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Most readers would already be aware that Schlumberger's (NYSE:SLB) stock increased significantly by 13% over the past week. Given that stock prices are usually aligned with a company's financial performance in the long-term, we decided to study its financial indicators more closely to see if they had a hand to play in the recent price move. Particularly, we will be paying attention to Schlumberger's ROE today.
Return on Equity or ROE is a test of how effectively a company is growing its value and managing investors’ money. In simpler terms, it measures the profitability of a company in relation to shareholder's equity.
How To Calculate Return On Equity?
Return on equity can be calculated by using the formula:
Return on Equity = Net Profit (from continuing operations) ÷ Shareholders' Equity
So, based on the above formula, the ROE for Schlumberger is:
14% = US$2.1b ÷ US$16b (Based on the trailing twelve months to March 2022).
The 'return' is the amount earned after tax over the last twelve months. So, this means that for every $1 of its shareholder's investments, the company generates a profit of $0.14.
What Has ROE Got To Do With Earnings Growth?
So far, we've learned that ROE is a measure of a company's profitability. Depending on how much of these profits the company reinvests or "retains", and how effectively it does so, we are then able to assess a company’s earnings growth potential. Assuming everything else remains unchanged, the higher the ROE and profit retention, the higher the growth rate of a company compared to companies that don't necessarily bear these characteristics.
A Side By Side comparison of Schlumberger's Earnings Growth And 14% ROE
To begin with, Schlumberger seems to have a respectable ROE. Further, the company's ROE compares quite favorably to the industry average of 5.9%. Needless to say, we are quite surprised to see that Schlumberger's net income shrunk at a rate of 15% over the past five years. Based on this, we feel that there might be other reasons which haven't been discussed so far in this article that could be hampering the company's growth. These include low earnings retention or poor allocation of capital.
As a next step, we compared Schlumberger's performance with the industry and found thatSchlumberger's performance is depressing even when compared with the industry, which has shrunk its earnings at a rate of 2.2% in the same period, which is a slower than the company.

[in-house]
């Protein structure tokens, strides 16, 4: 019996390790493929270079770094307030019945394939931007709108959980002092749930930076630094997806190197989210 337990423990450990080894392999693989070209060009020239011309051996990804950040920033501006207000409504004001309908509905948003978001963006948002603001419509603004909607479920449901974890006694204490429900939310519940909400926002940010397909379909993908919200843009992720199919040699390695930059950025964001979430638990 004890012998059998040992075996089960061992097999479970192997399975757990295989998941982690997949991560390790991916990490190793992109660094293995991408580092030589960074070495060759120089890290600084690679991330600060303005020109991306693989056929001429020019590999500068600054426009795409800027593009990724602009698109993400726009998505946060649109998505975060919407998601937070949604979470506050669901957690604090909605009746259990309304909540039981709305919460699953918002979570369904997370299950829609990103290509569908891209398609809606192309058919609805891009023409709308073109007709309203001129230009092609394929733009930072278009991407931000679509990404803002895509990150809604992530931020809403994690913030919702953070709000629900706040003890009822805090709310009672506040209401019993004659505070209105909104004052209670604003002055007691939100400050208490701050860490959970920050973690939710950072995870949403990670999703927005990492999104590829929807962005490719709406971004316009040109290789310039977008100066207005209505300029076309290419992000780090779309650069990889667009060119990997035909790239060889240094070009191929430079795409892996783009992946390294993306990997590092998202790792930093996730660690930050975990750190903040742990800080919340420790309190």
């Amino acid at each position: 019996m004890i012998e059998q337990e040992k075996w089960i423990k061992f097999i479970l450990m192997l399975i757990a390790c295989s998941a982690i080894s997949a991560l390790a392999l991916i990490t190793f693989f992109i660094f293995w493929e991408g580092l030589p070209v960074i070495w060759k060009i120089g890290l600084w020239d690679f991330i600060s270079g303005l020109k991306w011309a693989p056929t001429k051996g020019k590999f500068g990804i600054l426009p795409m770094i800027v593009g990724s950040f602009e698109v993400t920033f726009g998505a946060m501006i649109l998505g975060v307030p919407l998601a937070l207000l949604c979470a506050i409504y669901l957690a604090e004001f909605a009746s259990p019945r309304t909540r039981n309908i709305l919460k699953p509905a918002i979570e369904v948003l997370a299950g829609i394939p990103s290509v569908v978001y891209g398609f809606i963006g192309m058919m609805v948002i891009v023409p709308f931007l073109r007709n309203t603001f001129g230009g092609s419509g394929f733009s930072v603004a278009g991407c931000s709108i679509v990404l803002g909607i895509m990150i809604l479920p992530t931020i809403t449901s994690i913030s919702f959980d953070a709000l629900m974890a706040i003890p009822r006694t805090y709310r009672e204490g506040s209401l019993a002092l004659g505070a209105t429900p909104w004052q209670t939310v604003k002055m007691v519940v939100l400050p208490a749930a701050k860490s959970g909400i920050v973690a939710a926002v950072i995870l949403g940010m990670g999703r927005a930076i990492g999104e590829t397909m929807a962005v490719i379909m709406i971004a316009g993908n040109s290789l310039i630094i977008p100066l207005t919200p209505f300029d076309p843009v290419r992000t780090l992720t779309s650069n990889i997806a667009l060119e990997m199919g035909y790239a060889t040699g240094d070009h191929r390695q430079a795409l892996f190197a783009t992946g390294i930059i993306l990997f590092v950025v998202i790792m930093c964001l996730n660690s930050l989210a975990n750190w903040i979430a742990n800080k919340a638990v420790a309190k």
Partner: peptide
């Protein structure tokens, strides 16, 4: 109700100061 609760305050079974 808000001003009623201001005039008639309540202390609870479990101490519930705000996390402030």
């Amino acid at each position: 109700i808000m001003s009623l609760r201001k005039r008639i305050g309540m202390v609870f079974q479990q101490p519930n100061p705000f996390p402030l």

Earnings growth is an important metric to consider when valuing a stock. It’s important for an investor to know whether the market has priced in the company's expected earnings growth (or decline). By doing so, they will have an idea if the stock is headed into clear blue waters or if swampy waters await. Is SLB fairly valued? This infographic on the company's intrinsic value has everything you need to know.
Is Schlumberger Efficiently Re-investing Its Profits?
Despite having a normal LTM (or last twelve month) payout ratio of 34% (where it is retaining 66% of its profits), Schlumberger has seen a decline in earnings as we saw above. It looks like there might be some other reasons to explain the lack in that respect. For example, the business could be in decline.
Moreover, Schlumberger has been paying dividends for at least ten years or more suggesting that management must have perceived that the shareholders prefer dividends over earnings growth. Our latest analyst data shows that the future payout ratio of the company over the next three years is expected to be approximately 27%. Still, forecasts suggest that Schlumberger's future ROE will rise to 21% even though the the company's payout ratio is not expected to change by much.
In total, it does look like Schlumberger has some positive aspects to its business. However, given the high ROE and high profit retention, we would expect the company to be delivering strong earnings growth, but that isn't the case here. This suggests that there might be some external threat to the business, that's hampering its growth. That being so, the latest industry analyst forecasts show that the analysts are expecting to see a huge improvement in the company's earnings growth rate. To know more about the latest analysts predictions for the company, check out this visualization of analyst forecasts for the company.
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This article by Simply Wall St is general in nature. We provide commentary based on historical data and analyst forecasts only using an unbiased methodology and our articles are not intended to be financial advice. It does not constitute a recommendation to buy or sell any stock, and does not take account of your objectives, or your financial situation. We aim to bring you long-term focused analysis driven by fundamental data. Note that our analysis may not factor in the latest price-sensitive company announcements or qualitative material. Simply Wall St has no position in any stocks mentioned.